Research – Death by duck paste: Centenary of the Loch Maree botulism tragedy

Press and Journal

kswfoodworld

There were 13 fishermen, two wives, 17 ghillies and three mountain climbers in the party, and they set out that morning with packed lunches prepared by the hotel staff.

The picnic included duck paste sandwiches, the paste coming from the firm of Lazenby & Sons of London.

Little did the diners know that they were carrying a ticking time bomb between slices of bread in their hampers, and that eight of their number would be dead within days.

Read the story at the Link Above

Ukraine – Botulism in Ukraine 2021: 98 cases, 10 deaths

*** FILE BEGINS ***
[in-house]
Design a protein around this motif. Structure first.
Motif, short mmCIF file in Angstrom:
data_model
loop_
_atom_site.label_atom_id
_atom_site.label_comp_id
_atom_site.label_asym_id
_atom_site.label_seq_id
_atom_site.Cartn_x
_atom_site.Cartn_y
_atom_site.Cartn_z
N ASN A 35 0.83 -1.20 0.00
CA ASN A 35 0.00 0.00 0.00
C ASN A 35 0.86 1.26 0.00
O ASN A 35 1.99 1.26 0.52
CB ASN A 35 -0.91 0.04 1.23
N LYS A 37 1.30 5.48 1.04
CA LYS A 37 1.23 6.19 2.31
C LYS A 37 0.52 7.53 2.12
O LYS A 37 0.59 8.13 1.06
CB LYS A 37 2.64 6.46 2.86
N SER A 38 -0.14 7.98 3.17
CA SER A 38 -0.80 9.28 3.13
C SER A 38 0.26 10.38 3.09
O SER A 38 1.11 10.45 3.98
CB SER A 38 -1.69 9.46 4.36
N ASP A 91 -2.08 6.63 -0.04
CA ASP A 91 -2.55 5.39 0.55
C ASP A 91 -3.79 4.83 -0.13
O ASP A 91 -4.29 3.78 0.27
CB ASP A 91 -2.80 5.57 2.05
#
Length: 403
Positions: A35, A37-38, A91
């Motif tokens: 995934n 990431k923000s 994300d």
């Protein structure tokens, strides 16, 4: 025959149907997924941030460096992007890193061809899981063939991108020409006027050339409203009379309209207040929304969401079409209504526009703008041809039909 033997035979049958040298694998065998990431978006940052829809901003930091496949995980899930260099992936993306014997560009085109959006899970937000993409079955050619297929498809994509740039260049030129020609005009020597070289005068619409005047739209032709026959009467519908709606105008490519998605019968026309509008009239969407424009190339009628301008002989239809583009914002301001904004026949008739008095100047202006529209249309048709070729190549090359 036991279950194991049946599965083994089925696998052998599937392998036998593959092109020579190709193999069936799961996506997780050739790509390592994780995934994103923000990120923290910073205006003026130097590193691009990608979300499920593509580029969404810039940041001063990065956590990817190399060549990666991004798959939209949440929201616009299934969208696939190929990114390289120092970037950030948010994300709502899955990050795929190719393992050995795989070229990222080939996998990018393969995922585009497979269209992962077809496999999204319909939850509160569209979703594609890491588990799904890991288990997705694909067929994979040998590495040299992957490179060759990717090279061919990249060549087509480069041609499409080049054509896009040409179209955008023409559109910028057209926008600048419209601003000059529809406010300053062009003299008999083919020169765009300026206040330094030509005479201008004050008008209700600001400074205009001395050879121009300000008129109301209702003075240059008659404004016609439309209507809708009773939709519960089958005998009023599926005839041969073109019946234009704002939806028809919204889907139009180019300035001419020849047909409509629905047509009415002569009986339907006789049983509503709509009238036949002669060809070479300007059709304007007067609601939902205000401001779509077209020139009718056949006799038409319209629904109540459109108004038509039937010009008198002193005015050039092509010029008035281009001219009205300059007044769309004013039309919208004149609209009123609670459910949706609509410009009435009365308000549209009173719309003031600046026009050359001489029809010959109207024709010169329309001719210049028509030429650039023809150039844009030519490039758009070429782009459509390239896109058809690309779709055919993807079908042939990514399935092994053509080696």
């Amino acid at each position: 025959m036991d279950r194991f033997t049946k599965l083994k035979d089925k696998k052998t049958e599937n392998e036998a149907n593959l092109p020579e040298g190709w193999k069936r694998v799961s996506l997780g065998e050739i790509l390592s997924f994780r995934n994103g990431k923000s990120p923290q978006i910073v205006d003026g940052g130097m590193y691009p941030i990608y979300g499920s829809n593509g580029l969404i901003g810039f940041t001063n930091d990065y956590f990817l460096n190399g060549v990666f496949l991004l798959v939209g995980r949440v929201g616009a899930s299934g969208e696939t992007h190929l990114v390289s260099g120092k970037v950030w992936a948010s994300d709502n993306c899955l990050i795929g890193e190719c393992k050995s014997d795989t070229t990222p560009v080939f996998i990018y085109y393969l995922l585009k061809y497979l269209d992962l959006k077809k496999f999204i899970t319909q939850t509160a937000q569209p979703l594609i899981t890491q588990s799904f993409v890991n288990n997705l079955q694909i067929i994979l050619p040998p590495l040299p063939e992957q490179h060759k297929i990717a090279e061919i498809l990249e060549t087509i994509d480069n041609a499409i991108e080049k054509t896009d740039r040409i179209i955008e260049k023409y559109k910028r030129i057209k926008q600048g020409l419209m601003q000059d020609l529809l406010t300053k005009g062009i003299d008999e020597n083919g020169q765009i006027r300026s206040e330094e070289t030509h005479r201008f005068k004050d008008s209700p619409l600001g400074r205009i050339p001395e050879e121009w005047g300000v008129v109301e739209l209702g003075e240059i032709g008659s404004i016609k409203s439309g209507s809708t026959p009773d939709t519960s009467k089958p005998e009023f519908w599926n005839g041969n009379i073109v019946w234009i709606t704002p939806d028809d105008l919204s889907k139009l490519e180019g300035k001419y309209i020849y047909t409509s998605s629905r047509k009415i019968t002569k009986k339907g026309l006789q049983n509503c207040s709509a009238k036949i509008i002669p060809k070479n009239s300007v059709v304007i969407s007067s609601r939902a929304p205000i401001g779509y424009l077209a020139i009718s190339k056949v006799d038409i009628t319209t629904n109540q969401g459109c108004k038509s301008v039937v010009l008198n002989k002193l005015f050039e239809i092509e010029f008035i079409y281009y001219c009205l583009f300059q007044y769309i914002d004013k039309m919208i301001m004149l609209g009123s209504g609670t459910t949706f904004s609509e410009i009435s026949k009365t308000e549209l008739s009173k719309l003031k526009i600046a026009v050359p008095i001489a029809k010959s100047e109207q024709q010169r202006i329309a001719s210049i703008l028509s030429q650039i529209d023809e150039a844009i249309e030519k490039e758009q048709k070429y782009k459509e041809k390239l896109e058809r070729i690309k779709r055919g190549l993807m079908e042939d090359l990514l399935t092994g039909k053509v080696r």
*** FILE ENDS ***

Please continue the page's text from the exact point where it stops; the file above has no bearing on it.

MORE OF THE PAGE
Outbreak News Today

CDC Clost Spore

The Ukraine Ministry of Health reported 88 outbreaks of botulism in 2021, as a result of which 98 people became ill, including three children. Ten cases were fatal.

79 patients were given anti-botulinum serum.

This compares to 2020 when Ukraine reported 65 cases and four deaths.

In 2021, cases of botulism were registered in all regions of Ukraine, except Zakarpattia, Luhansk and Mykolaiv regions. The highest number of cases was registered in Volyn oblast – 9, eight cases were recorded in Zhytomyr, Lviv and Chernihiv oblasts and seven cases were reported in Cherkasy oblast.

The main causes of botulism food poisoning were the consumption of dried / salted / dried freshwater fish of home cooking or of unknown origin, which was purchased on the natural markets (30 cases – 30.6%), canned home-cooked meat (30 cases – 30.6%) .

Food borne botulism is a severe intoxication caused by eating the preformed toxin present in contaminated food.